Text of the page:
However, most remapping companies offer insurance to protect customers if this happens. Leased vehicles are also usually prohibited from being modified Paul Busby says there’s no need to be concerned: “It’s very common for companies to fit a speed‐limiter to their vehicles – some will use us to do this work – other drivers may want to fit a tow bar, light clusters, mobile communication devices or tracking systems.

These are common aftermarket fitments just like a remap. Your tow bar does not invalidate your warranty so why should your remap.”

Aftermarket tuning companies aren’t the only businesses to see the potential. Ford offers warranty‐backed Mountune performance upgrades for its ST models, through its main dealers, for example. A growing number of cars are also equipped with ‘eco’ and ‘sport’ driving modes, which change the sensitivity of controls and the driving characteristics of the engine at the flick of a switch. It’s a similar idea, but with the advantage that it’s manufacturer‐approved.

On the whole, though, the stance of manufacturers’ is clear. Steve Bridge, managing director of Mercedes‐Benz Vans, comments: “If the claims some of these engine remapping companies make were that easy without causing damage elsewhere, we as a global vehicle manufacturer across vans, cars and trucks, would have made them already…”


Emission impossible?

Rising concerns about air quality are filtering into the Type Approval process – the method by which new cars are certified suitable for sale. Since January, manufacturers have to test ‘real‐world’ emissions of pollutants from new models using a portable measuring system to assess conformity to laboratory results. From autumn 2017, newly‐tested vehicles will be required to show they can meet limits on the road.

Conformity already goes beyond the latest models. Manufacturers are required to show that their emission control devices are durable enough to withstand ongoing use – randomly re‐tested at 160,000km (around 100,000 miles) or five years for passenger cars, LCVs and minibuses. The SMMT points out that it is illegal to use a vehicle which does not meet Type Approved emission limits – remapping companies do not have to prove that their software can do so.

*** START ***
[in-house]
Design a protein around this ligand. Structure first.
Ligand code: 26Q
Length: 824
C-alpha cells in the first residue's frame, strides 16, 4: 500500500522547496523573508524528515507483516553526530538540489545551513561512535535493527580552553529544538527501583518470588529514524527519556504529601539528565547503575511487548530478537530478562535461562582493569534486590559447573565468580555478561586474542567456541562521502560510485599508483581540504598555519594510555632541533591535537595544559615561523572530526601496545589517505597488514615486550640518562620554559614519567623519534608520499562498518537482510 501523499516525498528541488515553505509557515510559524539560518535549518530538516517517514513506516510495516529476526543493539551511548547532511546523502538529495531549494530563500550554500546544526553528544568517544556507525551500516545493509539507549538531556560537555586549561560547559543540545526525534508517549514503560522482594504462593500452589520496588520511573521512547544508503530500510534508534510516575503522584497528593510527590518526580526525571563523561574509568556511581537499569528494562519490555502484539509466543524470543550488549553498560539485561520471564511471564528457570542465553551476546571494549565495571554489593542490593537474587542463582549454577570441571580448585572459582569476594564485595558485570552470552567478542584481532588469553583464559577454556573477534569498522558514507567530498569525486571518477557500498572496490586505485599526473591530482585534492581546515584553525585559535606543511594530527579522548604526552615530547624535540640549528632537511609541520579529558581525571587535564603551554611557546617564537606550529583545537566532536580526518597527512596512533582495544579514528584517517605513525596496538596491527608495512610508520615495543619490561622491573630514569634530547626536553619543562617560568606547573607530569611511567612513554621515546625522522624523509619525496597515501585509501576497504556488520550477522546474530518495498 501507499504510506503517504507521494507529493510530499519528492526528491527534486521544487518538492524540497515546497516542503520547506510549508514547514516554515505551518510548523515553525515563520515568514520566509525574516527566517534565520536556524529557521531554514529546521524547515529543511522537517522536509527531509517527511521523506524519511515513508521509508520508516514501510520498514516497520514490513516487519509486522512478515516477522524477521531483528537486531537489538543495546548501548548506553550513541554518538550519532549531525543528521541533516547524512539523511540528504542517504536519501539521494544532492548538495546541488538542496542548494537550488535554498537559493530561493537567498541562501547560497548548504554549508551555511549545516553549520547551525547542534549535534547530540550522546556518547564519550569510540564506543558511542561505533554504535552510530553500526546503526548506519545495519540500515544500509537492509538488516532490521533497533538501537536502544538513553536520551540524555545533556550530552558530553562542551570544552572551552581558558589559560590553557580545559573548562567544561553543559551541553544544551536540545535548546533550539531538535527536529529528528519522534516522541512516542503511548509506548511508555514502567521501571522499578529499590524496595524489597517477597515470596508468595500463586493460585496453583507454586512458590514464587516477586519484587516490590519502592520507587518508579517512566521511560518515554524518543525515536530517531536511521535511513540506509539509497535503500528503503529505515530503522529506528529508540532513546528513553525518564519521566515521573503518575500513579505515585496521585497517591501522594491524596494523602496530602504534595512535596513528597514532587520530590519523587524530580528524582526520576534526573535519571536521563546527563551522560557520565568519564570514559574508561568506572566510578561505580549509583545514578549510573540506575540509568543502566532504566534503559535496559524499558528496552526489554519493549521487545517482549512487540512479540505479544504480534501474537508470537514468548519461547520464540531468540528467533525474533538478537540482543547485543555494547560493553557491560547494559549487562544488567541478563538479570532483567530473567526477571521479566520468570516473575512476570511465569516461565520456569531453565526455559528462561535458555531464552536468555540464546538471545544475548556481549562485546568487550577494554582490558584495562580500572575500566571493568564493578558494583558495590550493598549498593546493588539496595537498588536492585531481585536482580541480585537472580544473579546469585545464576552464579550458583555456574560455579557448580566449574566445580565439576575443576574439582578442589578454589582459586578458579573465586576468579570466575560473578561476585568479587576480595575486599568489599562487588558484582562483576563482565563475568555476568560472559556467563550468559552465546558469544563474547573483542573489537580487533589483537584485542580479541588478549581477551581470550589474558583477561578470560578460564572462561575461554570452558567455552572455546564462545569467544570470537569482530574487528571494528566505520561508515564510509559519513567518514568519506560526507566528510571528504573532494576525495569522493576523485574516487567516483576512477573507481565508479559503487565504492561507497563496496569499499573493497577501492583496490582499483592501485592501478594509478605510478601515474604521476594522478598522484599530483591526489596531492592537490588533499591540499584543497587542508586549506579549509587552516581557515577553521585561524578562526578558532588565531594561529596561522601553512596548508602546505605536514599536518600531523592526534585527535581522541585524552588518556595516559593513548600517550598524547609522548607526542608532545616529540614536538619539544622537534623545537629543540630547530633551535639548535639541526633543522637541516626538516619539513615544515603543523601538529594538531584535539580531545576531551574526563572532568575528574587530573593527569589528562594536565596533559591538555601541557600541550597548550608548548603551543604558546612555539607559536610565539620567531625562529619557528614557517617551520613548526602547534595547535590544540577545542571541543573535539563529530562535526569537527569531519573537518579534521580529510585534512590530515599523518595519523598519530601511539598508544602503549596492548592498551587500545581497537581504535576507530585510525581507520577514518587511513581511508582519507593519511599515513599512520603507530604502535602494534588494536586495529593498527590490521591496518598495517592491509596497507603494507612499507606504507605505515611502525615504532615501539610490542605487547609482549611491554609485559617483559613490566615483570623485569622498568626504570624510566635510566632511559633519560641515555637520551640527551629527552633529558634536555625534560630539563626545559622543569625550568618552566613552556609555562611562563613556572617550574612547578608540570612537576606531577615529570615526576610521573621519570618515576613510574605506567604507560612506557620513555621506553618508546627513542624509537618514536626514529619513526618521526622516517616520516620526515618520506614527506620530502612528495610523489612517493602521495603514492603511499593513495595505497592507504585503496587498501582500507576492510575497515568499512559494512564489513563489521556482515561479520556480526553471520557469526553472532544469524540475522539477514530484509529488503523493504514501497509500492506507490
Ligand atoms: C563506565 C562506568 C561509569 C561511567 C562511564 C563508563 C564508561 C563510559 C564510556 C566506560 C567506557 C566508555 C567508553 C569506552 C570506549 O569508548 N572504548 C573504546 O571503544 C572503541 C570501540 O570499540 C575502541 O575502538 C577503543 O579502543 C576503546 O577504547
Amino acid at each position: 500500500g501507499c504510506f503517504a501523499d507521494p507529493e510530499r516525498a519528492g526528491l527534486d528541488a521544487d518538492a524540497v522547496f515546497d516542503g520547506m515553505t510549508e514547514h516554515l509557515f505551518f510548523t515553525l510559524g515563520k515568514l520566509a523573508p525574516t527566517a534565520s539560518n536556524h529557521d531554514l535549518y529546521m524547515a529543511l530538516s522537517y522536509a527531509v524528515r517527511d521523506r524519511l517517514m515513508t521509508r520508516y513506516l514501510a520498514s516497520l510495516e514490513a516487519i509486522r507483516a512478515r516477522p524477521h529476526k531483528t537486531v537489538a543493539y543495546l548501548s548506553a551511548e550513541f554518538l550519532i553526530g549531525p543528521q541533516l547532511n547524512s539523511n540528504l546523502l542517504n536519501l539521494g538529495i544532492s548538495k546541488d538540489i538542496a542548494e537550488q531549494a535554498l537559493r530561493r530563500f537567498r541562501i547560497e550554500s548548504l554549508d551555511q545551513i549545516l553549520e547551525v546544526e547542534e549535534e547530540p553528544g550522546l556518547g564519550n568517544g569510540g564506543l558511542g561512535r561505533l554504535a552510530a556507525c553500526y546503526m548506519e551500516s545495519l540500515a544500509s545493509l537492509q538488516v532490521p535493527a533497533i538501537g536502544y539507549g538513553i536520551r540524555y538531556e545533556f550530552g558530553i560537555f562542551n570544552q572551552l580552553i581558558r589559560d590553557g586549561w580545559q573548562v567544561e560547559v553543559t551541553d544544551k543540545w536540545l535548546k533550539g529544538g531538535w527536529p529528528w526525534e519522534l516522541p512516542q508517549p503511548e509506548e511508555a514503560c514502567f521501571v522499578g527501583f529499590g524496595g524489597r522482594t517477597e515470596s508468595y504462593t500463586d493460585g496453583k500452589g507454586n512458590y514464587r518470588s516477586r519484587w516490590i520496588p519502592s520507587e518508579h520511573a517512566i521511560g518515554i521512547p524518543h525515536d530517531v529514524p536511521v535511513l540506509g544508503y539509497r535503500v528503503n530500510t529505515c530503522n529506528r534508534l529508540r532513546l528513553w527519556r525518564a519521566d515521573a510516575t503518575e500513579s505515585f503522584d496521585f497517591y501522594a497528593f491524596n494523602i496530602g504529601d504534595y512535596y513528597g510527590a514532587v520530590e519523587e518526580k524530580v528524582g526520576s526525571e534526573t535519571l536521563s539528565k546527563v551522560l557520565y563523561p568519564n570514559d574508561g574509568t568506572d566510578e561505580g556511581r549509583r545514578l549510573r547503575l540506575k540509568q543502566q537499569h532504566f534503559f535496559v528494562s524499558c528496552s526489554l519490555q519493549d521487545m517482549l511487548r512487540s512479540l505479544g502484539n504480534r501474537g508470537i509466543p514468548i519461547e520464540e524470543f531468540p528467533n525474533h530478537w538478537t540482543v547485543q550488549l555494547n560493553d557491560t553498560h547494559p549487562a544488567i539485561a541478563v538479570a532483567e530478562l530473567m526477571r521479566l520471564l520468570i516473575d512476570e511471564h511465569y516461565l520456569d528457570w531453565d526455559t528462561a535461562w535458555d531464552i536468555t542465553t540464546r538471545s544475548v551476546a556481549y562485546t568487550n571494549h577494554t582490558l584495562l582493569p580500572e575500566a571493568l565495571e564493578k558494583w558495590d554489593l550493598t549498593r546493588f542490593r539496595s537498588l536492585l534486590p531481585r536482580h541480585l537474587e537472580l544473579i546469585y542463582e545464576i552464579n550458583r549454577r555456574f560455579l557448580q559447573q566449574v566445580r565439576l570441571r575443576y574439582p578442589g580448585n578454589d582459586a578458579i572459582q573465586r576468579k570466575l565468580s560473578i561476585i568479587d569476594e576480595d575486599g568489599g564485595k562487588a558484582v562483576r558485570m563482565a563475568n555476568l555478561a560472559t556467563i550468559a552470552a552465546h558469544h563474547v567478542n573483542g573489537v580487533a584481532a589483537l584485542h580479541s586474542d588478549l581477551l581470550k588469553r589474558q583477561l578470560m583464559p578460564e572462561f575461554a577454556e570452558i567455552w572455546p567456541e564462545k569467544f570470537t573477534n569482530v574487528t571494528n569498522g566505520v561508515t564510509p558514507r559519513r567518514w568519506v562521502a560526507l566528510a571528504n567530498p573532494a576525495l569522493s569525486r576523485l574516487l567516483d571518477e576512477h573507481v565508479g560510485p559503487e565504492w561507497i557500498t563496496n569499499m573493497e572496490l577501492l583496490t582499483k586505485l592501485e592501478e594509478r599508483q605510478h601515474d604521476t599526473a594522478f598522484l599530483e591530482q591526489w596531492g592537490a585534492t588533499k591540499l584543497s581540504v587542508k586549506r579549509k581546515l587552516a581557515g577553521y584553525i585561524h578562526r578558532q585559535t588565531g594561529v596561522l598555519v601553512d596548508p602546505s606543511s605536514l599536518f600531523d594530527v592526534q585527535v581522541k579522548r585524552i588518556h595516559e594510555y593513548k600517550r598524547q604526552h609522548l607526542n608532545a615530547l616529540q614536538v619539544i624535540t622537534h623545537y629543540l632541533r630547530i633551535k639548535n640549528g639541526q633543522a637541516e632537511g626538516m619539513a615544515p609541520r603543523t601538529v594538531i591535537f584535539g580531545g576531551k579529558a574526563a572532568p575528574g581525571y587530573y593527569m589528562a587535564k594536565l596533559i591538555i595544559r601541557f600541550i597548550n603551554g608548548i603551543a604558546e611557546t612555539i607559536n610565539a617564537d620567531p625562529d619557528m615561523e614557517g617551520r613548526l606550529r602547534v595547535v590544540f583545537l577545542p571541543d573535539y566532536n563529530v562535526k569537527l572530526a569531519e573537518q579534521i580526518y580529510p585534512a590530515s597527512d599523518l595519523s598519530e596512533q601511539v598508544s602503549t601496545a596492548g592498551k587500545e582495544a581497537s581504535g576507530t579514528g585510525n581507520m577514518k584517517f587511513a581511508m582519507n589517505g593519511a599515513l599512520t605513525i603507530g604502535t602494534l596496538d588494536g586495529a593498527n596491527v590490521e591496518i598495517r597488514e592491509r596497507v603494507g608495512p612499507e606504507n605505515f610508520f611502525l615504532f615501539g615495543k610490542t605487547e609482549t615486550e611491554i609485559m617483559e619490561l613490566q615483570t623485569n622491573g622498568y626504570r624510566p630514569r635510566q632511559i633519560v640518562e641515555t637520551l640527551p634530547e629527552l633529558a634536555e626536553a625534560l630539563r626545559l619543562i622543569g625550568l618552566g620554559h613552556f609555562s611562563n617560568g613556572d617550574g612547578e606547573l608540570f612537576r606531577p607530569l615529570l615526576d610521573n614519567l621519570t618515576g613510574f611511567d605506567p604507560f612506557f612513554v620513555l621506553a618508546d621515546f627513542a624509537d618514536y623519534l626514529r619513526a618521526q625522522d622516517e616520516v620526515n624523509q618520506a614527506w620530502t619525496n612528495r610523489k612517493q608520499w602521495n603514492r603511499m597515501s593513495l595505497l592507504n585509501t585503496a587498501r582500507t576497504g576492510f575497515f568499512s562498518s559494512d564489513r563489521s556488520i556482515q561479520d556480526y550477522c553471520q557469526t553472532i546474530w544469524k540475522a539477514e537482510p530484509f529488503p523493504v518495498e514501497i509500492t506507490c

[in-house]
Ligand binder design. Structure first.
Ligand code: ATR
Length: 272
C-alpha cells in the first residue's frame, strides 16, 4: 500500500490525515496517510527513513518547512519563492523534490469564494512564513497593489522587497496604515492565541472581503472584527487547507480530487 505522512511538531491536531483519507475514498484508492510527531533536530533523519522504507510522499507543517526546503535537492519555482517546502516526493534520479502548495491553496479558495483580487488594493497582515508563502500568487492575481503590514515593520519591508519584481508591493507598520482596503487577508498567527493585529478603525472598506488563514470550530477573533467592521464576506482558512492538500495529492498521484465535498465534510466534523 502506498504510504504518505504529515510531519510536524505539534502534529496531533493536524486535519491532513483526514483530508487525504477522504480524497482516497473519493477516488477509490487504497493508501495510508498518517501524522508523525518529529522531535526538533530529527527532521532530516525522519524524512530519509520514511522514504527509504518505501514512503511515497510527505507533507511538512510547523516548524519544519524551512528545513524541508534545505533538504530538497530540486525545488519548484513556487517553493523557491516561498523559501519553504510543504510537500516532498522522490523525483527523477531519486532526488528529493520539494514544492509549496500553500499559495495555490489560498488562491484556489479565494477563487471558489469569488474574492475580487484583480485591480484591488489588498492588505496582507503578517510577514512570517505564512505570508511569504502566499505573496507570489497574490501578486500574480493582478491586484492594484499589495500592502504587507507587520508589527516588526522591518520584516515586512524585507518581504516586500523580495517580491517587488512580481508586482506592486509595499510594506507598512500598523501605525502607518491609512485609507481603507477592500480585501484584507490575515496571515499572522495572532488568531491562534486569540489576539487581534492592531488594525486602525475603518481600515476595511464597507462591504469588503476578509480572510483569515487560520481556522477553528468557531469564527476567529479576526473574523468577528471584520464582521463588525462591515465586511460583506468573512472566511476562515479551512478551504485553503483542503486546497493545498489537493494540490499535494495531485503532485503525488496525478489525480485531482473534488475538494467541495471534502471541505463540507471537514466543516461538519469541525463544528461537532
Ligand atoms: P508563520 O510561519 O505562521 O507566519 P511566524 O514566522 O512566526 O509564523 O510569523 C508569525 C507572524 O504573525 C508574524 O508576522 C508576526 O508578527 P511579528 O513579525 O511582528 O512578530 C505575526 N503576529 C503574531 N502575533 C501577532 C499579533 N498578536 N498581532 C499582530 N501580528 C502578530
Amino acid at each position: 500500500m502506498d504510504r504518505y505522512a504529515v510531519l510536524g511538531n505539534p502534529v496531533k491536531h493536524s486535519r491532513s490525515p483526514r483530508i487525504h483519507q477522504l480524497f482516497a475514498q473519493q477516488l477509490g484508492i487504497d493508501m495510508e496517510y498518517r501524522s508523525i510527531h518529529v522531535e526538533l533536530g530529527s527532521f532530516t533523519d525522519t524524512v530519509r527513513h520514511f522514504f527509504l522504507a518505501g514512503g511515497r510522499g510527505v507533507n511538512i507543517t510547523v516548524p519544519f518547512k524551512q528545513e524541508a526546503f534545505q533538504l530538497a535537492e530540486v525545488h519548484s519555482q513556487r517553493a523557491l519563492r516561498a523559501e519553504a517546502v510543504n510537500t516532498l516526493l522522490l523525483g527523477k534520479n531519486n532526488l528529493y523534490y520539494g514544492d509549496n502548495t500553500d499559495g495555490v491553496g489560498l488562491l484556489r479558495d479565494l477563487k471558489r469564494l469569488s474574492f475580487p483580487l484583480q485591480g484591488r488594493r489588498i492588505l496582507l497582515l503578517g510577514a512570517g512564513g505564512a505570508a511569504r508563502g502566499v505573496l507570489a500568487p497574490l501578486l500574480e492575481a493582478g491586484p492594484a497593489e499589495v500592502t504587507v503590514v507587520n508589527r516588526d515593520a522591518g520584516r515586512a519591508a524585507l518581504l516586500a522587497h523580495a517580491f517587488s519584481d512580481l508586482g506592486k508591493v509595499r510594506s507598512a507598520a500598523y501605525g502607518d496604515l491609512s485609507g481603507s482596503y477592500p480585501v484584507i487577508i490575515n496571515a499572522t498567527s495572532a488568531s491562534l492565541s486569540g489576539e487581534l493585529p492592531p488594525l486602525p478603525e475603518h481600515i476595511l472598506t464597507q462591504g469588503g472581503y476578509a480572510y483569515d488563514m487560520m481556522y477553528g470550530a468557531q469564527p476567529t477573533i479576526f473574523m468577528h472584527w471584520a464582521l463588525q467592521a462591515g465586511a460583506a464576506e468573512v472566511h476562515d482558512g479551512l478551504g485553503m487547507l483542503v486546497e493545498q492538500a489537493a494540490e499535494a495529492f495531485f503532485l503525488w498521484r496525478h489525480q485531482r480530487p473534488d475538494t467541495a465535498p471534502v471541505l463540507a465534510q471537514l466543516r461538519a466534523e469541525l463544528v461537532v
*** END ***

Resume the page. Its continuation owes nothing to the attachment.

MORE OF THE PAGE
Steve Bridge says: “We would advise that operators should obtain written confirmation from the nominated convertor in respect to having obtained the necessary approvals from the regulatory authorities, to remain in compliance with the requirements of both European and local legislation, for the purposes of both Type Approval and in‐service conformity.”

However, there’s no indication that a remap would necessarily fall foul of these limits – improvements are possible and proven. TDI Tuning claims that the increased power and torque could mean drivers labour the engine less – a part of the rev range with high emissions, encountered in road use yet untested by the official cycle.

Viezu Technologies has in‐house testing facilities and carries out on‐road testing to prove it. The company also sought an independent test on a 2013 Ford Transit, which showed a 17% reduction in Nitrogen Oxide (NOx) emissions compared to the standard map, as well as fuel consumption cuts, when run on the New European Drive Cycle (NEDC).

“We have always been very aware of the need to understand the impact on the environment from our tuning, all our services have always been emission tested,” explains Busby. “Due to the reduced fuel use the overall volume of all gases is reduced too – every litre of diesel not burned saves 2.68kg of carbon from being produced – that has to be a good thing.”

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Alex Grant

Trained on Cardiff University’s renowned Postgraduate Diploma in Motor Magazine Journalism, Alex is an award-winning motoring journalist with ten years’ experience across B2B and consumer titles. A life-long car enthusiast with a fascination for new technology and future drivetrains, he joined Fleet World in April 2011, contributing across the magazine and website portfolio and editing the EV Fleet World Website.